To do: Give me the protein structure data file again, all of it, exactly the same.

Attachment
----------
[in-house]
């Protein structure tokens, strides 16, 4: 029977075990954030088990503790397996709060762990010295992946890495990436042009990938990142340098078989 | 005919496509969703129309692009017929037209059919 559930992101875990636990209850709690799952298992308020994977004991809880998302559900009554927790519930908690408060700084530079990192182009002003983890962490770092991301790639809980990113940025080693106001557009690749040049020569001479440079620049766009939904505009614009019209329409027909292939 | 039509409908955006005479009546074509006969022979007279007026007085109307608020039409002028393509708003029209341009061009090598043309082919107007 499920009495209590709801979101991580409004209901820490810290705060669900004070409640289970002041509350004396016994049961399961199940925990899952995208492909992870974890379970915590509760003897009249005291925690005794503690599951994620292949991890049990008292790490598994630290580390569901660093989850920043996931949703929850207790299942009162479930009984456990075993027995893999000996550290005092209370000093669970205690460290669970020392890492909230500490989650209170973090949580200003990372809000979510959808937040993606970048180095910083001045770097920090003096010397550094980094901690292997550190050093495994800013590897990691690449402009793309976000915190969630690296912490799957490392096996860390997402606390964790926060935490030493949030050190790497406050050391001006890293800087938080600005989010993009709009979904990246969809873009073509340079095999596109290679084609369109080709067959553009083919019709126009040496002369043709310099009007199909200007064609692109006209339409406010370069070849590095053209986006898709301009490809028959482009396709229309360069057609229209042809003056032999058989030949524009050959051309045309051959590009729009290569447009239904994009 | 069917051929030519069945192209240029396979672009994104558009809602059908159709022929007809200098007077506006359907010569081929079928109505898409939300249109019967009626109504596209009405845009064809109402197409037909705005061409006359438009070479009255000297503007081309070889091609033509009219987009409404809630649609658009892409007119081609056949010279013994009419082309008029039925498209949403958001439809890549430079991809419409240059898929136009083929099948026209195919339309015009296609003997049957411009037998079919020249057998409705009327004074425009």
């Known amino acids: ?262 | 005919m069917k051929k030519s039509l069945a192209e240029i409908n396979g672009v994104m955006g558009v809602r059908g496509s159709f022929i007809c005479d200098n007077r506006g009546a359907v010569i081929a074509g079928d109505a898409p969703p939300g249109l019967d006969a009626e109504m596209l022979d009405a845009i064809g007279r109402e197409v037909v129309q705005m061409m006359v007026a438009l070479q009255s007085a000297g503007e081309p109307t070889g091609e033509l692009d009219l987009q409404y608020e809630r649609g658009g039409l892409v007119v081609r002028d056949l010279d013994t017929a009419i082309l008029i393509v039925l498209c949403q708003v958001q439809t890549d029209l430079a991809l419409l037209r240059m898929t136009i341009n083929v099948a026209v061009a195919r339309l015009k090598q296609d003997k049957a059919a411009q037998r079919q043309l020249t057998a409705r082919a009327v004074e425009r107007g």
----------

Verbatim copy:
[in-house]
């Protein structure tokens, strides 16, 4: 029977075990954030088990503790397996709060762990010295992946890495990436042009990938990142340098078989 | 005919496509969703129309692009017929037209059919 559930992101875990636990209850709690799952298992308020994977004991809880998302559900009554927790519930908690408060700084530079990192182009002003983890962490770092991301790639809980990113940025080693106001557009690749040049020569001479440079620049766009939904505009614009019209329409027909292939 | 039509409908955006005479009546074509006969022979007279007026007085109307608020039409002028393509708003029209341009061009090598043309082919107007 499920009495209590709801979101991580409004209901820490810290705060669900004070409640289970002041509350004396016994049961399961199940925990899952995208492909992870974890379970915590509760003897009249005291925690005794503690599951994620292949991890049990008292790490598994630290580390569901660093989850920043996931949703929850207790299942009162479930009984456990075993027995893999000996550290005092209370000093669970205690460290669970020392890492909230500490989650209170973090949580200003990372809000979510959808937040993606970048180095910083001045770097920090003096010397550094980094901690292997550190050093495994800013590897990691690449402009793309976000915190969630690296912490799957490392096996860390997402606390964790926060935490030493949030050190790497406050050391001006890293800087938080600005989010993009709009979904990246969809873009073509340079095999596109290679084609369109080709067959553009083919019709126009040496002369043709310099009007199909200007064609692109006209339409406010370069070849590095053209986006898709301009490809028959482009396709229309360069057609229209042809003056032999058989030949524009050959051309045309051959590009729009290569447009239904994009 | 069917051929030519069945192209240029396979672009994104558009809602059908159709022929007809200098007077506006359907010569081929079928109505898409939300249109019967009626109504596209009405845009064809109402197409037909705005061409006359438009070479009255000297503007081309070889091609033509009219987009409404809630649609658009892409007119081609056949010279013994009419082309008029039925498209949403958001439809890549430079991809419409240059898929136009083929099948026209195919339309015009296609003997049957411009037998079919020249057998409705009327004074425009």
């Known amino acids: ?262 | 005919m069917k051929k030519s039509l069945a192209e240029i409908n396979g672009v994104m955006g558009v809602r059908g496509s159709f022929i007809c005479d200098n007077r506006g009546a359907v010569i081929a074509g079928d109505a898409p969703p939300g249109l019967d006969a009626e109504m596209l022979d009405a845009i064809g007279r109402e197409v037909v129309q705005m061409m006359v007026a438009l070479q009255s007085a000297g503007e081309p109307t070889g091609e033509l692009d009219l987009q409404y608020e809630r649609g658009g039409l892409v007119v081609r002028d056949l010279d013994t017929a009419i082309l008029i393509v039925l498209c949403q708003v958001q439809t890549d029209l430079a991809l419409l037209r240059m898929t136009i341009n083929v099948a026209v061009a195919r339309l015009k090598q296609d003997k049957a059919a411009q037998r079919q043309l020249t057998a409705r082919a009327v004074e425009r107007g």